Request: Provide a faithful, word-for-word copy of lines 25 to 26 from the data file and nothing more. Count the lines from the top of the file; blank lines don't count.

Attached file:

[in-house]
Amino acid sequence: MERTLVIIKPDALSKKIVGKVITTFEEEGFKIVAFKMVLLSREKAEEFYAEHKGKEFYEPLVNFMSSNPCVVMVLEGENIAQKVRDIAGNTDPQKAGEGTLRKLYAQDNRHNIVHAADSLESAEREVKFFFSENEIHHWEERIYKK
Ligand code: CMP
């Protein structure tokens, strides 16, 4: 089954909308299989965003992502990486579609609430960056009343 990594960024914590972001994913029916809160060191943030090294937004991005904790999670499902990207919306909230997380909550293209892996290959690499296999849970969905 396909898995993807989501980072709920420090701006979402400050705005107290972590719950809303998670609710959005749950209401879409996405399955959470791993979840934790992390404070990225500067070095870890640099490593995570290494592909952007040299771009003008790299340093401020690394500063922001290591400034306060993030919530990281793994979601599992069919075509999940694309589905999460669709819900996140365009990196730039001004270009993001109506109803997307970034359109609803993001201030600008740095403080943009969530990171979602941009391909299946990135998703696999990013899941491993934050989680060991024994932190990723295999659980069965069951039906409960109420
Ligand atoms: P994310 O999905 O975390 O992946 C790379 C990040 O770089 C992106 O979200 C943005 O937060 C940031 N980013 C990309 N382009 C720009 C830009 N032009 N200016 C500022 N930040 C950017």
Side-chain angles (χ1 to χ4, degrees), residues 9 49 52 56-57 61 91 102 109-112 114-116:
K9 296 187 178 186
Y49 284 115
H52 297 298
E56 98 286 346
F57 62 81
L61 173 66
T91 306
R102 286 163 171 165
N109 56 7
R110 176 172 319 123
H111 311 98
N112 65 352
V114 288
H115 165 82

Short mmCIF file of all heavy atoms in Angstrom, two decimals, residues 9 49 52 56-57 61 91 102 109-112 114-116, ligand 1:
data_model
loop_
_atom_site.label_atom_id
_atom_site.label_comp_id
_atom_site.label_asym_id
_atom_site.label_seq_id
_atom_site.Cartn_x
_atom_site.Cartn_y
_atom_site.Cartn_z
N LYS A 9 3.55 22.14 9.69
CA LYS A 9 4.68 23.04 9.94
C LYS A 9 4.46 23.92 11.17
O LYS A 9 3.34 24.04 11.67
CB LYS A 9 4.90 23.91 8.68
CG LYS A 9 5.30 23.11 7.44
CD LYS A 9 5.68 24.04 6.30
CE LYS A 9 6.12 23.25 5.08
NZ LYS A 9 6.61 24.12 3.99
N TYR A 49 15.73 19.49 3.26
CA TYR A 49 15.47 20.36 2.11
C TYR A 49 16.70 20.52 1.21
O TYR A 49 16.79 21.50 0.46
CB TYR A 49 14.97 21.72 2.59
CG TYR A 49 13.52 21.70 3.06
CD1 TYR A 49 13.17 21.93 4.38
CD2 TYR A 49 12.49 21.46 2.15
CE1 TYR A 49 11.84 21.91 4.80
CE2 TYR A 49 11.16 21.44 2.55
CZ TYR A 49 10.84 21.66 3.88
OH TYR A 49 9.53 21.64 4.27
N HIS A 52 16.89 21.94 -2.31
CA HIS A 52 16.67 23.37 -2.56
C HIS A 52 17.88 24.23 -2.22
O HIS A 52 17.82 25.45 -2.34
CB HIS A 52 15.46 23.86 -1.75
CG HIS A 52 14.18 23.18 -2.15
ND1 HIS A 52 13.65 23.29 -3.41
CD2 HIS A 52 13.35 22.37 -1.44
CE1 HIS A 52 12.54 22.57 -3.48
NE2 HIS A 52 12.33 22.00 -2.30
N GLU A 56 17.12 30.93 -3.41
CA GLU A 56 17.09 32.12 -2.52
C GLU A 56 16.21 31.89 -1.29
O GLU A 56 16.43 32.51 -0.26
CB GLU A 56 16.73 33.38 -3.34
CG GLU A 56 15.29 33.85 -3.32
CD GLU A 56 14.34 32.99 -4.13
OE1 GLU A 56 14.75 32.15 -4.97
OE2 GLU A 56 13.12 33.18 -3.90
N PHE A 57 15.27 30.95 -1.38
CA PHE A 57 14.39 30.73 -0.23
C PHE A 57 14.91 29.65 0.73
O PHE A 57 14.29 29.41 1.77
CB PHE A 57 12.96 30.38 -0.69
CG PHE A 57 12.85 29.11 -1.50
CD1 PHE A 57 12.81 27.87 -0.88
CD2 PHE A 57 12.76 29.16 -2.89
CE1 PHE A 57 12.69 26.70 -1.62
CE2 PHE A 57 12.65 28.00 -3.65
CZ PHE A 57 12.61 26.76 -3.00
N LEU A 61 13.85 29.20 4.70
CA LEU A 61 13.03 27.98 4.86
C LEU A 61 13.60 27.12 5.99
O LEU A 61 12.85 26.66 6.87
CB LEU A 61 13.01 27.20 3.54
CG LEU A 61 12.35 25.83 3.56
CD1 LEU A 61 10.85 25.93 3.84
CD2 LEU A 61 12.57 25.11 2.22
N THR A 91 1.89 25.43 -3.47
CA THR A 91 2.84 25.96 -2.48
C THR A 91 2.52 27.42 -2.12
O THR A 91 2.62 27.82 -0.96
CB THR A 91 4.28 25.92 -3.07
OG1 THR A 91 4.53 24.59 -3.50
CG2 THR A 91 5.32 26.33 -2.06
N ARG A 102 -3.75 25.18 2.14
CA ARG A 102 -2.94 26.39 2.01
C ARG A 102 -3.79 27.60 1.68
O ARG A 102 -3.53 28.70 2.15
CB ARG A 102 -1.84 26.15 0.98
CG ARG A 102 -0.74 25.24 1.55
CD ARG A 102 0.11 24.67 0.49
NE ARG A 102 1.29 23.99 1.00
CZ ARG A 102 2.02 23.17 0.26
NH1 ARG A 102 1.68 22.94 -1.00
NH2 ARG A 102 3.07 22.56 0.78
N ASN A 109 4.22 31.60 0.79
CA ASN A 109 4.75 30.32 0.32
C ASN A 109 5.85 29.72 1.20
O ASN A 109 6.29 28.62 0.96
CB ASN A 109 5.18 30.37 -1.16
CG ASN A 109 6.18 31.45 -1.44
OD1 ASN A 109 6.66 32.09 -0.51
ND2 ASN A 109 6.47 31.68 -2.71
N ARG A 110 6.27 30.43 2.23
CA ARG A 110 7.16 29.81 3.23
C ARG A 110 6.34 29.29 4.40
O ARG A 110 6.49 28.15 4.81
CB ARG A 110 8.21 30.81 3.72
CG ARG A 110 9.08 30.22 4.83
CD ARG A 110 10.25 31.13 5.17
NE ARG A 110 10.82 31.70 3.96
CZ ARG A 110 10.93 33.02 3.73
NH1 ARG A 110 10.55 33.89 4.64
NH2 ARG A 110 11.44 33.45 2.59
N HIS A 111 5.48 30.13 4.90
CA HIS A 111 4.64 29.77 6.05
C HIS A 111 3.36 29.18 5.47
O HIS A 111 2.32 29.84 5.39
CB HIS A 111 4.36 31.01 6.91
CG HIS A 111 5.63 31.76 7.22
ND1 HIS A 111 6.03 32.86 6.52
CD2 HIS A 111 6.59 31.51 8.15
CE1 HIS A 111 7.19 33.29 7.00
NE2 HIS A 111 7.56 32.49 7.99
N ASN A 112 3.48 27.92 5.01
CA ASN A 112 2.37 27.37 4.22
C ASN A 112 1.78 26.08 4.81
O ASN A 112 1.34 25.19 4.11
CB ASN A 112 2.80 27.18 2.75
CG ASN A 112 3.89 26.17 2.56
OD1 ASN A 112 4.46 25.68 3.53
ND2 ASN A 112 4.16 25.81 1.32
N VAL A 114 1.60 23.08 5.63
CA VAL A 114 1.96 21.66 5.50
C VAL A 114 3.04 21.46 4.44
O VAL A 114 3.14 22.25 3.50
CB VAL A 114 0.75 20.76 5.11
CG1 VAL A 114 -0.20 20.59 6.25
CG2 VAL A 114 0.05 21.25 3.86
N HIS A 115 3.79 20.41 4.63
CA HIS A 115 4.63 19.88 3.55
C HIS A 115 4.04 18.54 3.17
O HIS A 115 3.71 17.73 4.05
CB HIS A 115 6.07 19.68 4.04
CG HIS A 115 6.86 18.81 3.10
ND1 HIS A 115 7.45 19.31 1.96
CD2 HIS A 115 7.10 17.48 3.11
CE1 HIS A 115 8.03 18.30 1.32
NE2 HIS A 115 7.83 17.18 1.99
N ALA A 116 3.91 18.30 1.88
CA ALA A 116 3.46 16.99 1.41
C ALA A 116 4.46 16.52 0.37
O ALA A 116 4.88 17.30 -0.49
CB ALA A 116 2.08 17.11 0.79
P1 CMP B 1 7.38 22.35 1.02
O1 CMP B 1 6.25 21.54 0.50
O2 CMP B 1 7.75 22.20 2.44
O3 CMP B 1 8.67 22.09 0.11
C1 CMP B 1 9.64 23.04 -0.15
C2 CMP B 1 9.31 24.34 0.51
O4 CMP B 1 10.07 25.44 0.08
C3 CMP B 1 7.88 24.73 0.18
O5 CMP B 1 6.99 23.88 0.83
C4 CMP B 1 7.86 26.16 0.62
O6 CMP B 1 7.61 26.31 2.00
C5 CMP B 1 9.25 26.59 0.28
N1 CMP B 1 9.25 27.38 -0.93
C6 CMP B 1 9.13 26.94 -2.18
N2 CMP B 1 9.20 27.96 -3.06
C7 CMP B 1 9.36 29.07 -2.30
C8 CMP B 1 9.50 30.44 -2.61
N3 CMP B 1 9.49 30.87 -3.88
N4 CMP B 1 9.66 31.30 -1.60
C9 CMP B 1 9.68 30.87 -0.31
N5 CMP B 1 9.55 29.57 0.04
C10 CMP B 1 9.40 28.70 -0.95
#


_atom_site.label_comp_id
_atom_site.label_asym_id